Dawkins on Aquinas, again

Ch. 3: Arguments for God’s Existence

Aquinas and DawkinsJust in case you can’t be bothered to work through my posts on the Five Ways (I won’t hold it against you), here’s a quick summary of what I think is wrong with Dawkins’ presentation of Aquinas’ proofs for the existence of God. It is not, by the way, that I think Dawkins gets to the wrong basic conclusion: I too think that the Ways don’t quite work as a proof of the existence of God. But I find Dawkins’ mistakes in presentation interesting.

First, the minor points. I would have liked Dawkins to have the grace to acknowledge that the mysterious Fourth Way might have made more sense in Aquinas’ intellectual context than it does in ours – and to have done the minimal research required to know that the examples he (Dawkins) gives are not the kinds of gradation Aquinas was talking about. Once again, Dawkins is all too eager to represent a religious thinker as incoherent buffoon. I would also have liked him, purely for the sake of conceptual hygiene, to note that the Fifth Way is not quite the standard design argument (it’s not about things ‘looking designed’, but about apparently purposive action) – even though it is, I think, very nearly as vulnerable to Darwin.

The major point, though, is that Dawkins simply misses one major strand of Aquinas’ argument. Dawkins’ main complaint is that Aquinas arbitrarily invokes God as the end of the regress that the first three ways point to. Whereas, in fact, Aquinas argues at great length about what would count as an end to those regresses – and Dawkins doesn’t even hint that he’s aware of that part of Aquinas’ account. Far from simply asserting, Aquinas argues, in detail and at length – and Dawkins has missed that completely. (As for his aside about omniscience and omnipotence: well, if he had read on in Aquinas’ account, he’d know that whatever the silly little argument he offers is about, it isn’t about the God discussed by Aquinas.)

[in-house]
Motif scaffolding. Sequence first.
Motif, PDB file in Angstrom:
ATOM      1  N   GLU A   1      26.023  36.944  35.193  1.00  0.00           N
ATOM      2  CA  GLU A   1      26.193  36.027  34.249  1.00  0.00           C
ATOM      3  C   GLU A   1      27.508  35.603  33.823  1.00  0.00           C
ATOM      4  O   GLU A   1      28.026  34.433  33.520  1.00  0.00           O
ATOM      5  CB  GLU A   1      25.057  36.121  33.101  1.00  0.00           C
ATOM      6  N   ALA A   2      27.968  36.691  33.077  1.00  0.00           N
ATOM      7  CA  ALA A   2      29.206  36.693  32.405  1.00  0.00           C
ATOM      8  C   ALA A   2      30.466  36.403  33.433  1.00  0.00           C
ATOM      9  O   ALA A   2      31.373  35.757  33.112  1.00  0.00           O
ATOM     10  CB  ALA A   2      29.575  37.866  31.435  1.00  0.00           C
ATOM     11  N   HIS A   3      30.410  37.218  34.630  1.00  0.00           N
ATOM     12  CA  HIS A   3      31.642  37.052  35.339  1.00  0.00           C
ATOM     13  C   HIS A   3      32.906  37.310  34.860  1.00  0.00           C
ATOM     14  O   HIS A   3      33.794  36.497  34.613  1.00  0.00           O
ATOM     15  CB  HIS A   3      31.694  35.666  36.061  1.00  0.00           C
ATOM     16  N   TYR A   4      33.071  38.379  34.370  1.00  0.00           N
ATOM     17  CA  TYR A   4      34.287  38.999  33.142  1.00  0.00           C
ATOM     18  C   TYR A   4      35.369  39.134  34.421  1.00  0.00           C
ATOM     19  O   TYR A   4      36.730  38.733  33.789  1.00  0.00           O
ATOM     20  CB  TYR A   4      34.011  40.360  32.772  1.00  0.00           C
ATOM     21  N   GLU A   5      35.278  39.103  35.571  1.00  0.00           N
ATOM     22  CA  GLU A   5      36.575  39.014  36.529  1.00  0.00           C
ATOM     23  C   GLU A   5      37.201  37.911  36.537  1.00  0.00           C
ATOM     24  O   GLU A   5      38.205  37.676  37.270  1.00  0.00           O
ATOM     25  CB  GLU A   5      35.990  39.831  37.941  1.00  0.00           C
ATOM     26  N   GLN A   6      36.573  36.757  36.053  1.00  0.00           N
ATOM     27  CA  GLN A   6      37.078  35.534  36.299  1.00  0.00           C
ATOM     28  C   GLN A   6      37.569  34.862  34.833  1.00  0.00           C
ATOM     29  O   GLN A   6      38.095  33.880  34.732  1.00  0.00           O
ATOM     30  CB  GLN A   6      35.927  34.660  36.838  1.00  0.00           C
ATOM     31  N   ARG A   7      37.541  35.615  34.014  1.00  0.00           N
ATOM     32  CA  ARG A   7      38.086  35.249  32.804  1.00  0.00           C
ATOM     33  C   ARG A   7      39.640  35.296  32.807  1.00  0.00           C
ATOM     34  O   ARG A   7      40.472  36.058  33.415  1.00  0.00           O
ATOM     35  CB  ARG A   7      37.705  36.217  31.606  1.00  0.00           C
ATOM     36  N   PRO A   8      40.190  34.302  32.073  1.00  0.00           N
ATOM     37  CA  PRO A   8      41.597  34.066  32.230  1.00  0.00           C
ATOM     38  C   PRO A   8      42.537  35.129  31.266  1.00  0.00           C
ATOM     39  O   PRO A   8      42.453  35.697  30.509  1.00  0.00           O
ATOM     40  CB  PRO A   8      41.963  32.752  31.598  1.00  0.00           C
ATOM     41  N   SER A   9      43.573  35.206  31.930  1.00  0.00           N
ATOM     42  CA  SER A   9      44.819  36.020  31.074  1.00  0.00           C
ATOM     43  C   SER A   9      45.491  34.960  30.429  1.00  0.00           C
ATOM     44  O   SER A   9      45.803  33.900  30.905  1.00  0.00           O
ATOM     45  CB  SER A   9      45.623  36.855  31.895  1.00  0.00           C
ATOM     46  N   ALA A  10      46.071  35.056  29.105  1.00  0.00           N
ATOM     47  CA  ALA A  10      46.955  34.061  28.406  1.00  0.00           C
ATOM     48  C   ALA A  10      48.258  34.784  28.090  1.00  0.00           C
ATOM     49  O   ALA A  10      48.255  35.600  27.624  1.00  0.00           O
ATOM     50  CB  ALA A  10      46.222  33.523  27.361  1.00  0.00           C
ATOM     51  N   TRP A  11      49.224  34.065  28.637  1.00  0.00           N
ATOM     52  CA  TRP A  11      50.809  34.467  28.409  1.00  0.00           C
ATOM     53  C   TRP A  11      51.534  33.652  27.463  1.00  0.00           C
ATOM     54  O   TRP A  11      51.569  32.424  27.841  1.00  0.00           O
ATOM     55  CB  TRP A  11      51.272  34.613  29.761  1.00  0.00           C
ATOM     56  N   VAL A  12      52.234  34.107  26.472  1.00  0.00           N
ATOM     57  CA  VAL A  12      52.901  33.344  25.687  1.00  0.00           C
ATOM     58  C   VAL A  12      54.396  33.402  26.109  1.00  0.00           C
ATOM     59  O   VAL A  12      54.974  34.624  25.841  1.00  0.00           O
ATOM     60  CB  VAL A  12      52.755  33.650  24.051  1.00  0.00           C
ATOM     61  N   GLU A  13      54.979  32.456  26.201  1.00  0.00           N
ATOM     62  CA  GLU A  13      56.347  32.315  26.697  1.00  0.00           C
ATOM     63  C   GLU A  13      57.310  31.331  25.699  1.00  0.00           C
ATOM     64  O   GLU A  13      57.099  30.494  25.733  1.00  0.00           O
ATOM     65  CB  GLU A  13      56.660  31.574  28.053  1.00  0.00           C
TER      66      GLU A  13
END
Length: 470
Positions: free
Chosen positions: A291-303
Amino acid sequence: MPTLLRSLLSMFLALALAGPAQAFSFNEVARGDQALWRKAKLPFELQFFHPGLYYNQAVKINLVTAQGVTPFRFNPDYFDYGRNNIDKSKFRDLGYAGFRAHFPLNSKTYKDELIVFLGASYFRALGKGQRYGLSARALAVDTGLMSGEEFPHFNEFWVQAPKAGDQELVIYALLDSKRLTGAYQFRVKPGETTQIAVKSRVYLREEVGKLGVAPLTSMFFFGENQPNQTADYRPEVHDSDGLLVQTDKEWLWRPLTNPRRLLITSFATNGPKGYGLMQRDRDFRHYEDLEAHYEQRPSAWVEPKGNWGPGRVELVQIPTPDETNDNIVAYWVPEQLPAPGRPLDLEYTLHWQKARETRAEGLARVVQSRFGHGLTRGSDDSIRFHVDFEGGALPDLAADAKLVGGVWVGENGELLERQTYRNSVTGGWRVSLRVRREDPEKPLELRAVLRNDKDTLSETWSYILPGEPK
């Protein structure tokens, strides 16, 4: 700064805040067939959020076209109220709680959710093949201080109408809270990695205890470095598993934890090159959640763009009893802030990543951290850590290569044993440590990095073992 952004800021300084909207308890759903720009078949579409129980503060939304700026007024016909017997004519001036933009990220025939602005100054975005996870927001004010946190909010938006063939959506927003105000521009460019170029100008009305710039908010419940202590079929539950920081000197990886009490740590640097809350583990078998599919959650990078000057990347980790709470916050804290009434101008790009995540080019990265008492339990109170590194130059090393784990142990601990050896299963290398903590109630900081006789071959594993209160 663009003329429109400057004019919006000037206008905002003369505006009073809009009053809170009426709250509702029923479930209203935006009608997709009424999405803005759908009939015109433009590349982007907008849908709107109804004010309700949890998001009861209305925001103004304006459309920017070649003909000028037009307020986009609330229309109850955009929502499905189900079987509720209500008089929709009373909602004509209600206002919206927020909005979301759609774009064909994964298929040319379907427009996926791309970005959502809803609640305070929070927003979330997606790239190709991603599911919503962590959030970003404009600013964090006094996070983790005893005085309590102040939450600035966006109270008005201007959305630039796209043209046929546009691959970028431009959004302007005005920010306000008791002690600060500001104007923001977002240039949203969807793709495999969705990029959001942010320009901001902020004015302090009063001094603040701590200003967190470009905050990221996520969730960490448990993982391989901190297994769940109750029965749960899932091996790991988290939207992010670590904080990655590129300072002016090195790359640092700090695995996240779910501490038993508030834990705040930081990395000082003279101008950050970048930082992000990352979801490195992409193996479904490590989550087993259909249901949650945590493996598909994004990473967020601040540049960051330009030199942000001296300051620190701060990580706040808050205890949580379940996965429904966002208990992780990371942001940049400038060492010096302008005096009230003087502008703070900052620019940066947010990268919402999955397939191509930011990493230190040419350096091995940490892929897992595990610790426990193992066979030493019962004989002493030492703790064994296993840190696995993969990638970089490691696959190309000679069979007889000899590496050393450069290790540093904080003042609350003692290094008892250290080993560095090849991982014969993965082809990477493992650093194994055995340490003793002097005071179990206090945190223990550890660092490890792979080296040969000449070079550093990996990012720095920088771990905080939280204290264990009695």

Aquinas, by the way, would clearly have thought Dawkins’ own answer – that we can terminate the regress with the big bang singularity or some other natural phenomenon – quite as vacuous as Dawkins’ thinks his, and that the supposed analogy with the natural termination to the divisibility of matter was wholly beside the point. To say that we can’t, in fact, go on dividing matter for ever is not quite the same as saying that at some point we can’t go on asking Why? Dawkins, in Aquinas eyes, is giving up on the intelligibility of the universe.

Note two things. First, I think this is a place where Dawkins fails to see the necessity for philosophy. That is, he thinks that the regress is going to be answered by a scientific discovery, by some physical concept – whereas I’m with Aquinas in thinking that once we get to questions like, ‘Why is there something rather than nothing’, we are inevitably beyond physics, and in the realm of metaphysics.

The second, I think that Dawkins regards Aquinas’ argument as an obvious failure because, unlike Aquinas, he is operating with a picture of God as one particular kind of thing – one of the things that there is – which is therefore clearly just as contingent, just as question-begging as any other particular thing. Aquinas and Dawkins don’t just disagree about whether God exists; they disagree about what ‘God’ means.

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